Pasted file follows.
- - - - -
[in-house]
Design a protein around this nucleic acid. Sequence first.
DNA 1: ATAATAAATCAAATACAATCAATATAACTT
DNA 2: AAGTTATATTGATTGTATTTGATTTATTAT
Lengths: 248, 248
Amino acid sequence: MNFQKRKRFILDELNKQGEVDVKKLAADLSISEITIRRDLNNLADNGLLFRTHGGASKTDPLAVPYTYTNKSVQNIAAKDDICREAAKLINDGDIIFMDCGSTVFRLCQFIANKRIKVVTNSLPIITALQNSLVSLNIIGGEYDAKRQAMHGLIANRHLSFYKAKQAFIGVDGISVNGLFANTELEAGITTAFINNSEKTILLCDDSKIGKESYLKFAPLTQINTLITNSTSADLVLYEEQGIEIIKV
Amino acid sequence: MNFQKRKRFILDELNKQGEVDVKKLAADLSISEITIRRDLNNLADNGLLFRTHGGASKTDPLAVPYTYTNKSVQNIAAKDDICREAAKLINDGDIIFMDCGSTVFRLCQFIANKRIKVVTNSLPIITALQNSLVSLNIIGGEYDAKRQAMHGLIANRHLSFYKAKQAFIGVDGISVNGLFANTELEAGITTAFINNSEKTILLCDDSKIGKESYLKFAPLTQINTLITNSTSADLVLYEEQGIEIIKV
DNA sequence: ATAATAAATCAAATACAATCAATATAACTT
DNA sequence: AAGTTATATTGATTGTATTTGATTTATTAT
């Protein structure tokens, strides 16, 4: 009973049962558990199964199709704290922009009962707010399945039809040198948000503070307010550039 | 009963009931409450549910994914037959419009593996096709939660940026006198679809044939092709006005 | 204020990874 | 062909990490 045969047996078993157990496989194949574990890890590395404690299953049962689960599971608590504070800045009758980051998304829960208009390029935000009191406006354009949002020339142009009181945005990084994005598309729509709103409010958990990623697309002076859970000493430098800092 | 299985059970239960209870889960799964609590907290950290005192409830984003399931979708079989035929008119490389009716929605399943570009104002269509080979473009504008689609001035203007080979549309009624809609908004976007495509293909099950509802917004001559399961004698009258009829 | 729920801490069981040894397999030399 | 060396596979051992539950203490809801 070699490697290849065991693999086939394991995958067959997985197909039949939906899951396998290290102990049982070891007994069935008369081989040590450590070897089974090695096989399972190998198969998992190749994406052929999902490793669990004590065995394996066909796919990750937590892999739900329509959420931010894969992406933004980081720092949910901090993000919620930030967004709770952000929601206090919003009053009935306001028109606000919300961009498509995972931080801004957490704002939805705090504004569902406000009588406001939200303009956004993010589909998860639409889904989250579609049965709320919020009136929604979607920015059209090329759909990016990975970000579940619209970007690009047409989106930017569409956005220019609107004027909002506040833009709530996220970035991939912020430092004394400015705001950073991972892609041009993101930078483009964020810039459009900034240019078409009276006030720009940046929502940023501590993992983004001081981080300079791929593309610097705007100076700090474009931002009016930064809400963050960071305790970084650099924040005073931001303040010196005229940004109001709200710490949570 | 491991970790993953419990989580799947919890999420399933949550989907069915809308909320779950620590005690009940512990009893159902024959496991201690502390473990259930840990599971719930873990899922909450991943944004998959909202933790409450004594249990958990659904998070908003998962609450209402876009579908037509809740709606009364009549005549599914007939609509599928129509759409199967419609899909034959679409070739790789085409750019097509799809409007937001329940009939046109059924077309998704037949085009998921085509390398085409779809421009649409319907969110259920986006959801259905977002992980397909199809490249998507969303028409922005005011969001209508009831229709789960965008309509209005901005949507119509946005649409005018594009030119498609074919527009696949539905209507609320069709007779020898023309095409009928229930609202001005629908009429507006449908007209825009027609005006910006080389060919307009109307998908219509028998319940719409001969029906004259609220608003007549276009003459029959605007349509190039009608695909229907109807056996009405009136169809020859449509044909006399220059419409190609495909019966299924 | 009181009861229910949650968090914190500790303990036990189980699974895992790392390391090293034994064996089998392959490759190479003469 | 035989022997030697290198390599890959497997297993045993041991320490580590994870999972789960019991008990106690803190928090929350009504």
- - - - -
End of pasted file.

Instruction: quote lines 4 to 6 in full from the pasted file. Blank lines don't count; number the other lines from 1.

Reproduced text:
DNA 2: AAGTTATATTGATTGTATTTGATTTATTAT
Lengths: 248, 248
Amino acid sequence: MNFQKRKRFILDELNKQGEVDVKKLAADLSISEITIRRDLNNLADNGLLFRTHGGASKTDPLAVPYTYTNKSVQNIAAKDDICREAAKLINDGDIIFMDCGSTVFRLCQFIANKRIKVVTNSLPIITALQNSLVSLNIIGGEYDAKRQAMHGLIANRHLSFYKAKQAFIGVDGISVNGLFANTELEAGITTAFINNSEKTILLCDDSKIGKESYLKFAPLTQINTLITNSTSADLVLYEEQGIEIIKV